Annexation of industries worry some

Published 4:08 pm Thursday, February 7, 2019

Sardis would lose jobs with move, Azar says

By Jeremy Weldon

Representatives from several industries in the J.C. Sexton Industrial Park are expected to attend the regular meeting of the Sardis Mayor and Board today in opposition to the town’s move to study the possible annexation of the industrial area.

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Tim Durkin, CEO of G2 Capital Advisors, the parent company of United Solutions, Inc., said in a telephone interview Monday his company will definitely re-think recently announced expansion plans if the town goes ahead with any annexation studies.

Also in strong opposition to annexation and expected to be at the board meeting to question aldermen about the study are officials from Inca Presswood Pallets, Chromecraft, and Bo Holloway Trucking.

Those business leaders contend that the added burden of city taxes would be too costly for their operations, and would stunt any prospect of added jobs in an area that desperately needs to retain the current level of available positions for the local workforce while constantly seeking new opportunities.

“We acquired this company and committed a major investment there, and suddenly there is talk of annexing. It makes us consider where we want to invest our time and equipment, and I don’t understand the logic of it,” said Durkin. “They should be trying to give incentives for industry to move there and build. People there need these types of jobs.”

Panola Partnership CEO Joe Azar, who has had a rocky relationship with the Sardis board during the past year, said he is angry the town would even consider talking of annexing the industrial park when they know the few industries currently employing about 130 workers would balk at any type of encroachment from the town.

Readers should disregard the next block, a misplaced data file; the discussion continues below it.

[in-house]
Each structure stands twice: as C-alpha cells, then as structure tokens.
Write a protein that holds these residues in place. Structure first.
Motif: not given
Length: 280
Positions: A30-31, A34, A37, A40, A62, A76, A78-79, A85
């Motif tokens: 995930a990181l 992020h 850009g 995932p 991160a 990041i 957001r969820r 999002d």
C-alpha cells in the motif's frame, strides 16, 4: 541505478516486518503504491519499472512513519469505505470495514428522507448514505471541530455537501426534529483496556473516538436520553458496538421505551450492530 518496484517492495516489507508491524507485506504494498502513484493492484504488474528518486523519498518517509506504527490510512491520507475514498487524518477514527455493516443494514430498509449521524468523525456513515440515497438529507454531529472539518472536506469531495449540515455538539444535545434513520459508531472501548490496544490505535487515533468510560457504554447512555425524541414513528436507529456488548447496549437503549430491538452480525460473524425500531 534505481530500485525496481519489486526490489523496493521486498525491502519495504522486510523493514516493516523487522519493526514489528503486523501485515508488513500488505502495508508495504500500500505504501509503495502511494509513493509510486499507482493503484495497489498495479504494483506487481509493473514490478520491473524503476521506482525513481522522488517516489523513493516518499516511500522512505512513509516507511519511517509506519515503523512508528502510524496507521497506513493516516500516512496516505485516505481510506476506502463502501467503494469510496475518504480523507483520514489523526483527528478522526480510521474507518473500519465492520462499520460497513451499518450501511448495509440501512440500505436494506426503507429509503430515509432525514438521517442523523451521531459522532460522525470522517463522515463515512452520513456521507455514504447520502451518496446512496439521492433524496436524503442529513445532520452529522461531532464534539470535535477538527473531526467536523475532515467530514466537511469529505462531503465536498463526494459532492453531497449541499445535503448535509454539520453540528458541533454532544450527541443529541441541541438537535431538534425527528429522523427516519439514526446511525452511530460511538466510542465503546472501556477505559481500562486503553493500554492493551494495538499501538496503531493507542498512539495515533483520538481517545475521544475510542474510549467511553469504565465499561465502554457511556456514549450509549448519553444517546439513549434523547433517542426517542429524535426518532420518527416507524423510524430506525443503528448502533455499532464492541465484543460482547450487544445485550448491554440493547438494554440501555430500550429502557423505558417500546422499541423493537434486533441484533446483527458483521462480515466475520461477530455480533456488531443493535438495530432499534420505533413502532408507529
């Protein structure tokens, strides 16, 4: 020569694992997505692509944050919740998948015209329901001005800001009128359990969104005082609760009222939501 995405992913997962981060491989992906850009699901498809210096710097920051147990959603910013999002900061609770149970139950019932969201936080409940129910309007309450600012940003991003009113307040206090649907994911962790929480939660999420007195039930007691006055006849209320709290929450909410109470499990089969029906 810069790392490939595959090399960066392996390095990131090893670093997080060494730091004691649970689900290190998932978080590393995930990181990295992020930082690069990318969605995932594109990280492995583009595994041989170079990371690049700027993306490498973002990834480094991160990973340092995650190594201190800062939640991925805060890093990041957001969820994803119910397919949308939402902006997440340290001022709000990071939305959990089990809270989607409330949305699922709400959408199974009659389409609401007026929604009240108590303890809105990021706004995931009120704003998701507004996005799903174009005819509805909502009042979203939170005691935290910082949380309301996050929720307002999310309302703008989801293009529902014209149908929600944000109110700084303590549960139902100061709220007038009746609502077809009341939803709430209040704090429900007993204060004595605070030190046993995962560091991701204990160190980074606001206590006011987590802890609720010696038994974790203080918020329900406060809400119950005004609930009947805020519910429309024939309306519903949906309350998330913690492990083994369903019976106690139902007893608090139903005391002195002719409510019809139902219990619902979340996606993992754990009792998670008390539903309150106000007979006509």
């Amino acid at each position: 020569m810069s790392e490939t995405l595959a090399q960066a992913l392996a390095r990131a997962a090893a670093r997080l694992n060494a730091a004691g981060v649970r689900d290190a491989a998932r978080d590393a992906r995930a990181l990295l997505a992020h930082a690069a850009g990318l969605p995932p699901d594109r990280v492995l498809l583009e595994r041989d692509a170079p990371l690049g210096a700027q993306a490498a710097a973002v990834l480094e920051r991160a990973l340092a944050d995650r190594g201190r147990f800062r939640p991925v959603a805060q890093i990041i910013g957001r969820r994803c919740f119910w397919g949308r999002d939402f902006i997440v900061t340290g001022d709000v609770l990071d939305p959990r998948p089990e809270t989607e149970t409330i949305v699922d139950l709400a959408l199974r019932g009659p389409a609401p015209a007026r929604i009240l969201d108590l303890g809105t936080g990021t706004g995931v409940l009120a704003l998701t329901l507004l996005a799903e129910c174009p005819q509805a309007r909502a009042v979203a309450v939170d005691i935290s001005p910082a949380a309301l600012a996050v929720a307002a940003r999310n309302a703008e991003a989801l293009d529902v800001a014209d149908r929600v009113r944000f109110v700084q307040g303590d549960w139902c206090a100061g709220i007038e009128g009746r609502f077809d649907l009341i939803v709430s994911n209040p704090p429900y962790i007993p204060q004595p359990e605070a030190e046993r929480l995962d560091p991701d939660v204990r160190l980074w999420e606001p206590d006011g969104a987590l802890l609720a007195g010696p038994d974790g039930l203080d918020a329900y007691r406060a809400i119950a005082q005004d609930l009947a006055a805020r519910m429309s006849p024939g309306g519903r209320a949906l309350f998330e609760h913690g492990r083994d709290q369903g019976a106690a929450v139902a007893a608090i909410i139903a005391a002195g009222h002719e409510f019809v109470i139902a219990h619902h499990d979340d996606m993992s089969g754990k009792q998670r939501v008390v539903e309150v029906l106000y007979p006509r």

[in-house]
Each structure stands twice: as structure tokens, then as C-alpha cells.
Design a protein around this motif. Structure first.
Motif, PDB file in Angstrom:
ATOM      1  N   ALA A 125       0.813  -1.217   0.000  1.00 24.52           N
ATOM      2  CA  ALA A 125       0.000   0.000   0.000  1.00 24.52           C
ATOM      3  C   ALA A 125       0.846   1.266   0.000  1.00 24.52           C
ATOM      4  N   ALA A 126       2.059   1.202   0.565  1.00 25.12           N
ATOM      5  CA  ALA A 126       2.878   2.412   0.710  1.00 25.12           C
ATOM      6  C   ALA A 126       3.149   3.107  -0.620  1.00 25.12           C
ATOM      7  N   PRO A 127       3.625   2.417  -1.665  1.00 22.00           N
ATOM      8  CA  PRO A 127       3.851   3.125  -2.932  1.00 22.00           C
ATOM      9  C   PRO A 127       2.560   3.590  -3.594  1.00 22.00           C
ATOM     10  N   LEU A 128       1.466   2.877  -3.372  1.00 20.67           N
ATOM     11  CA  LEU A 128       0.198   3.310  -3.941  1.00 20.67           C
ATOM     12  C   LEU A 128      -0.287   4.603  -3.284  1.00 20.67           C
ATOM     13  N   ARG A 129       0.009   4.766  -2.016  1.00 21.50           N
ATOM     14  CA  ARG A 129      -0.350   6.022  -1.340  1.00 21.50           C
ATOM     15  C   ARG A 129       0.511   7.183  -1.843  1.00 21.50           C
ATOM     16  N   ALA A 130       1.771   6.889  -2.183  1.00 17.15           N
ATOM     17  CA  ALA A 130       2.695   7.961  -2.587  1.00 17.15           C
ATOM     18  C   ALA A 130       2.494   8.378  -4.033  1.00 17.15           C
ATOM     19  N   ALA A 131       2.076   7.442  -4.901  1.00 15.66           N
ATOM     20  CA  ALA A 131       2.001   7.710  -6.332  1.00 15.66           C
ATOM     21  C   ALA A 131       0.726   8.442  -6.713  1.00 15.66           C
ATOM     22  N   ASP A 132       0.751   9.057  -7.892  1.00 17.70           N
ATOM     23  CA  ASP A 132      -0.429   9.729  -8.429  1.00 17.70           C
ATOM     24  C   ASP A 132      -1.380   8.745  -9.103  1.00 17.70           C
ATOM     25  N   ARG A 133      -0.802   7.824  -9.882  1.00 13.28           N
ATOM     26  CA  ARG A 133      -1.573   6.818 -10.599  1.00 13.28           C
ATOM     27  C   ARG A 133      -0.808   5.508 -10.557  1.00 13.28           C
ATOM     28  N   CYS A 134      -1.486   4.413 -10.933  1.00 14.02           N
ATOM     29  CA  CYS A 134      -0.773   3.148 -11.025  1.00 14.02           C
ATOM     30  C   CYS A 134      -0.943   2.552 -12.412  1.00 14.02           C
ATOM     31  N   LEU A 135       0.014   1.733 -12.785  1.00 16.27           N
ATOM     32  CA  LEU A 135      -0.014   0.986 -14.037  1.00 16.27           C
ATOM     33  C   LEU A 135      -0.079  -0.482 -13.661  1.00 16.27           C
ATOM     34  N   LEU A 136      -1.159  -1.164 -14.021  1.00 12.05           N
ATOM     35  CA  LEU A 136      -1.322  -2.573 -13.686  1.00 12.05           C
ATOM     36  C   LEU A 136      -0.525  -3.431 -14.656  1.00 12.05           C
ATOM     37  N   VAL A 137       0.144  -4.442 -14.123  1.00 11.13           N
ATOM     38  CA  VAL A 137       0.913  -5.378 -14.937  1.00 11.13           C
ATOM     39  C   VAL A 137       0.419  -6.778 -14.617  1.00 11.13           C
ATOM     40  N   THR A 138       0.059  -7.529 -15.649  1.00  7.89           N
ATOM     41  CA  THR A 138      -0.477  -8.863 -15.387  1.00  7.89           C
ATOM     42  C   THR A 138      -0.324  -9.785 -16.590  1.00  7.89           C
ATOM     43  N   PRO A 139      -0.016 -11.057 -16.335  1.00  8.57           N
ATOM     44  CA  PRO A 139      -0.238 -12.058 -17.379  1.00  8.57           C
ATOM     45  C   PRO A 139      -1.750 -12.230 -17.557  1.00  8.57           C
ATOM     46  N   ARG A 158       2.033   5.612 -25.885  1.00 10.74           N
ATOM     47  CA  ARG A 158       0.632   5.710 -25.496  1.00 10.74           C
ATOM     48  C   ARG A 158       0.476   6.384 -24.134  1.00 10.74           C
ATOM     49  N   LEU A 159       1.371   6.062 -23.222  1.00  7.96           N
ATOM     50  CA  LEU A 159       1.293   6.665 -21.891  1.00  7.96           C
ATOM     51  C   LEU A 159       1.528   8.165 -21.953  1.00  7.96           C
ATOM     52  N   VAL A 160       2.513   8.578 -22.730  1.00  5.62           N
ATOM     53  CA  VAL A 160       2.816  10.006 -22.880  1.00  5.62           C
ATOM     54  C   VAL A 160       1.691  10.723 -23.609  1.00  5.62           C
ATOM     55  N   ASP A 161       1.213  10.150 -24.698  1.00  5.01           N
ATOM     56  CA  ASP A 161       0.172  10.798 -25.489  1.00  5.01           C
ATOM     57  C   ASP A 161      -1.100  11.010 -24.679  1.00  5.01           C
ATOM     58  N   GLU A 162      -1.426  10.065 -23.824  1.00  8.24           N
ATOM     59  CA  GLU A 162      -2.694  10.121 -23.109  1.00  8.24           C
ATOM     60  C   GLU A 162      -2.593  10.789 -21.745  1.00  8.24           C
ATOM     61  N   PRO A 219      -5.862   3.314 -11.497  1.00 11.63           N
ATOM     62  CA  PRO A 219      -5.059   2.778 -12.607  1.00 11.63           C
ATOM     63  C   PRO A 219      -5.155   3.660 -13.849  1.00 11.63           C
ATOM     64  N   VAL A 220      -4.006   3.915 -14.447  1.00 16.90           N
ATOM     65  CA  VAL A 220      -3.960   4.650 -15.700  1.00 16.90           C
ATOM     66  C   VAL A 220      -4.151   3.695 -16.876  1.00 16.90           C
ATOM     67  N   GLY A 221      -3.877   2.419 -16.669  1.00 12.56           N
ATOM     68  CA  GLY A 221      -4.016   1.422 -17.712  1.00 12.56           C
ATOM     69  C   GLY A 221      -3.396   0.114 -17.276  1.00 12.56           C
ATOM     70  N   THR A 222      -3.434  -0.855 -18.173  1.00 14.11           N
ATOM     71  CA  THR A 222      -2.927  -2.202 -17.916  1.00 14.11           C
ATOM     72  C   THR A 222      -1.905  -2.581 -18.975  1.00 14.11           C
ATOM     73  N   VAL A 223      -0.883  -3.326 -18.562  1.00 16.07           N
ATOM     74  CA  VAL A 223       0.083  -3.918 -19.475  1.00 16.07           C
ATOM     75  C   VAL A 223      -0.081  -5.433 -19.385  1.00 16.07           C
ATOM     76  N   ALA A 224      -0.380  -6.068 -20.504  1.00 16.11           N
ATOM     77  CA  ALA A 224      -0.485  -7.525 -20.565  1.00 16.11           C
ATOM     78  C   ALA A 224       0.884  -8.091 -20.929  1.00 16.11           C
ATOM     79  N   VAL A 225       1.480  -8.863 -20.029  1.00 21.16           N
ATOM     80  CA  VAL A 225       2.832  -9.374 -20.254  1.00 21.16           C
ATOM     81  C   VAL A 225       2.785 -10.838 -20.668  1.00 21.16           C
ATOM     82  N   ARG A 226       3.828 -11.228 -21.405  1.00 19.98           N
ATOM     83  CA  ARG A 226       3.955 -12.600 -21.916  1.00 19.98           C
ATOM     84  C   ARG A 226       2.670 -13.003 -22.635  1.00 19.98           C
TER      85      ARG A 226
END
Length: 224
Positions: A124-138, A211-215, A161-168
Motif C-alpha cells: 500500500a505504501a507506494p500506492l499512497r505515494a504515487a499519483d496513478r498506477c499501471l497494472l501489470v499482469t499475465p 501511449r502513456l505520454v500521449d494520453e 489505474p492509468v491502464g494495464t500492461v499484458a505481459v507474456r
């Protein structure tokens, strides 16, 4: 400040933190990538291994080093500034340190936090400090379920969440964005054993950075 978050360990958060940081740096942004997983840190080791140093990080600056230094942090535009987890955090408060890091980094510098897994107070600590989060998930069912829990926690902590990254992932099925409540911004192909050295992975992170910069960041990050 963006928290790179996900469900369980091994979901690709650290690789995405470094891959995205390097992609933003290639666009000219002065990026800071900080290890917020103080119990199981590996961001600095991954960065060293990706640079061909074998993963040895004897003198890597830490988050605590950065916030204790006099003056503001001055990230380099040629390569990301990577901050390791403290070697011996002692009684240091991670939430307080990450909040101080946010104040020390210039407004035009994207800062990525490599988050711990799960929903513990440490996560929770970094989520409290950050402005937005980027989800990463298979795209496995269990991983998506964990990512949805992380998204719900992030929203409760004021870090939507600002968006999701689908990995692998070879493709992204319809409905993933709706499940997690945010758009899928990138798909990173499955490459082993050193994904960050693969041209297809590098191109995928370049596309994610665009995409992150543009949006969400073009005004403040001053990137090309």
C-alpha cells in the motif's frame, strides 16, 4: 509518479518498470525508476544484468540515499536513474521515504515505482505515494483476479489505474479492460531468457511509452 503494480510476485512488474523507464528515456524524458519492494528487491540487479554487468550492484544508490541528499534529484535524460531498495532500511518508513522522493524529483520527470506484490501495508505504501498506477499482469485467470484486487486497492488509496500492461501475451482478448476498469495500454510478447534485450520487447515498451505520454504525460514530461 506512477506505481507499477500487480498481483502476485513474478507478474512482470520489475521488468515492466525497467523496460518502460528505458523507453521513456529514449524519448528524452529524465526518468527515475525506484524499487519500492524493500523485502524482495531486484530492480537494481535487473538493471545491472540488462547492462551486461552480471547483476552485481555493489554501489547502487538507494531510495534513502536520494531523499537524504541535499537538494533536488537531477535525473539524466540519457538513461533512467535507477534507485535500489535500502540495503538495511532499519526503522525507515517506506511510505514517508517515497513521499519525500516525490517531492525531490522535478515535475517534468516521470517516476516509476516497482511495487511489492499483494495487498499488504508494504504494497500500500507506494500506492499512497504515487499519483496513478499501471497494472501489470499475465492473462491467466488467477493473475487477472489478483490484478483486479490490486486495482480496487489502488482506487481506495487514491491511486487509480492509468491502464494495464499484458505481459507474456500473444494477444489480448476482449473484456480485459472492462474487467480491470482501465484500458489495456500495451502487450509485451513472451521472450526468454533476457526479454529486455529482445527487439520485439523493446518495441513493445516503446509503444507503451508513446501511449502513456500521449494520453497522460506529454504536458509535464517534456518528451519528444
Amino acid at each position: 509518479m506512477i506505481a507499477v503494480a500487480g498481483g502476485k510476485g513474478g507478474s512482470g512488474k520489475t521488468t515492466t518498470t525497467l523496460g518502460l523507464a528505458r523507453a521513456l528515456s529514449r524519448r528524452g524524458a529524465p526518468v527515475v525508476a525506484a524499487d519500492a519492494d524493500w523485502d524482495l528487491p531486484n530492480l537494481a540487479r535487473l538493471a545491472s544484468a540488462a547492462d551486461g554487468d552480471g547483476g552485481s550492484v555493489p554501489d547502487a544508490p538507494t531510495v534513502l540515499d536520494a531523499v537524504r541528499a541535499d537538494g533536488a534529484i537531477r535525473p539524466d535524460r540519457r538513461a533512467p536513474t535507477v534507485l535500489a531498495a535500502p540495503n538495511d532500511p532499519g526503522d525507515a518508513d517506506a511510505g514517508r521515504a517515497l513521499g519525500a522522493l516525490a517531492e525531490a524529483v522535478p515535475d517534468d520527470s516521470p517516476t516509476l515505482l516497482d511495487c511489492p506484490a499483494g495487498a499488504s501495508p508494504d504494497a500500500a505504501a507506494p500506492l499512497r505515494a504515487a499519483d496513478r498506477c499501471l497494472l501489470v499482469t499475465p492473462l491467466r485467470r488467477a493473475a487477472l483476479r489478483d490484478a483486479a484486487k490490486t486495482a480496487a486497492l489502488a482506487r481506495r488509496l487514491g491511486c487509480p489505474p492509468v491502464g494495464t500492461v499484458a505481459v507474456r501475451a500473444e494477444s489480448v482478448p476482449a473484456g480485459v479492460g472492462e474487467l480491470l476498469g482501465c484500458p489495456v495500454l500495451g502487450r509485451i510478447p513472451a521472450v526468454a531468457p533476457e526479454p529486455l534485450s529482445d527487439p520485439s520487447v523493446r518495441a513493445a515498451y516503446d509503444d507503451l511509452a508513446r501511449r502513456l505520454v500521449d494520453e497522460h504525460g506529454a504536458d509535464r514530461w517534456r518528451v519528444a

“The Partnership has a duty to act in the best interest of Panola County, the Town of Sardis, and all the citizens of the county,” Azar said. “There is not an upside for anyone involved when we have to confront the threat of an annexation and the drastic negative effect it would have on our industries. What worries me is the possibility of losing what jobs we do have, and the ones the industries are trying to add. We simply can’t afford to lose any job. They are all important, every one of them.”

Mayor Lula Palmer echoed Azar’s remarks at a meeting of the Panola County Board of Supervisors Monday. “It’s not the right thing at this time,” she said. “I have to protect jobs, and I hope that the board members see this also.”

Palmer said she included Azar on the agenda when he asked to make an appeal before the board, citing the research he has collected about the potential costs of an annexation. “We will hear from the Partnership and discuss this on Tuesday,” she said.

One Sardis alderman said Azar and others shouldn’t conclude that annexation efforts will begin anytime soon. “This is fake news,” said Michael Price. “All we have done is said that we would like to have a study performed to see what is feasible for the best interest of the Town of Sardis.”

Price said he believes industry leaders should wait for the study results before assuming the town will proceed with annexation. “What we are doing is what our tourism director Greg Davis suggested and that is to get a study and then make an educated guess on what we need to do.”

Azar countered that any discussion of  annexation could be enough to make industry owners back away from further expansion plans, and would discourage potential business from locating in the Sardis area.

“If you look at the existing industries and the amount of money they already provide to the North Panola School District budget it’s easy to see how devastating it would be to lose any of those contributions,” Azar said.

Davis said the only thing he has suggested to the board is they gain information before they act, something that deserves no criticism. “It’s frustrating to see such turmoil over something that hasn’t even happened,” Davis said. “All the Sardis board is trying to do is make a decision based on facts and not fears.”

“It’s amazing to me that some individuals, including our mayor, are criticizing the board for trying to gain information before they make a decision,” he said.